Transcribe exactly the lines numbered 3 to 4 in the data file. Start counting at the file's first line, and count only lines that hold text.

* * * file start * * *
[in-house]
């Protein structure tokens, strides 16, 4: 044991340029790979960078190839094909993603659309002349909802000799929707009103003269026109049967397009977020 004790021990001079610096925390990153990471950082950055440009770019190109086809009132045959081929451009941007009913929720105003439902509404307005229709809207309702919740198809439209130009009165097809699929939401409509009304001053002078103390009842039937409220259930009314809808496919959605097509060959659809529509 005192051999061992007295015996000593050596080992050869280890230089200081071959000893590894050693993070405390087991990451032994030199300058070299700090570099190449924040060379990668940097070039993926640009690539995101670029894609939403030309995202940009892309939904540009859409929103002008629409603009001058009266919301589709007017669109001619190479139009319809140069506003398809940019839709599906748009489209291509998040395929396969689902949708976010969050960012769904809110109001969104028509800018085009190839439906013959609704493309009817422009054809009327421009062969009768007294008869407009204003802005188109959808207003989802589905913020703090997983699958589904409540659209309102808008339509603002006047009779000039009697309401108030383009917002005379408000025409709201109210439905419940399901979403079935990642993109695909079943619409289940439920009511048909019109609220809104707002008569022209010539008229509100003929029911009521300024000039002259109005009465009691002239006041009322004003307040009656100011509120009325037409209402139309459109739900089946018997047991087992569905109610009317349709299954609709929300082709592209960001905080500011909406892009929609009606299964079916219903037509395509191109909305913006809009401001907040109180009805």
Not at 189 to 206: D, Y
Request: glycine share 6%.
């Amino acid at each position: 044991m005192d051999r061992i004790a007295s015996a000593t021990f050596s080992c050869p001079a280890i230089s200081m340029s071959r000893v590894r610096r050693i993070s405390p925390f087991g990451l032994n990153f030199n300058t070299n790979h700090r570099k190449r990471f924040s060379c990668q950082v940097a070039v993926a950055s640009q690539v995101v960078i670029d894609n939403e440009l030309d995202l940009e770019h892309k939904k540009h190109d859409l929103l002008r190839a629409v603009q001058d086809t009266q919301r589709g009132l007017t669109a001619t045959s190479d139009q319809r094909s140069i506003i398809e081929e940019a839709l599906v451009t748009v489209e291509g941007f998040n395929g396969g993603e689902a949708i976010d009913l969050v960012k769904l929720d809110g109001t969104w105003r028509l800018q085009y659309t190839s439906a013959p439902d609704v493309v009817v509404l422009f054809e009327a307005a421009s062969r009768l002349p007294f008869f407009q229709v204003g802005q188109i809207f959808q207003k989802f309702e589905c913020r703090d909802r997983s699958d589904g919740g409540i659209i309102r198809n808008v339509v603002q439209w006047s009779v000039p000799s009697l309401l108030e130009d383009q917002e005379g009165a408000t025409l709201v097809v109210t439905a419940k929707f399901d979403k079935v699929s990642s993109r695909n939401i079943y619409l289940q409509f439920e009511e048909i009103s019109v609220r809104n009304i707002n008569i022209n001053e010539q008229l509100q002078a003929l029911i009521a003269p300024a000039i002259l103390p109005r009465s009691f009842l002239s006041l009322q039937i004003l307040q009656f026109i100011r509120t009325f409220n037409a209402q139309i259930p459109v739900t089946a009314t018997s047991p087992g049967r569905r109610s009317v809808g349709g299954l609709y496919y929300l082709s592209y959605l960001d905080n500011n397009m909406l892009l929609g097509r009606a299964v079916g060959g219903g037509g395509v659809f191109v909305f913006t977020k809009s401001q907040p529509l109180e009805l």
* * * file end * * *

Not at 189 to 206: D, Y
Request: glycine share 6%.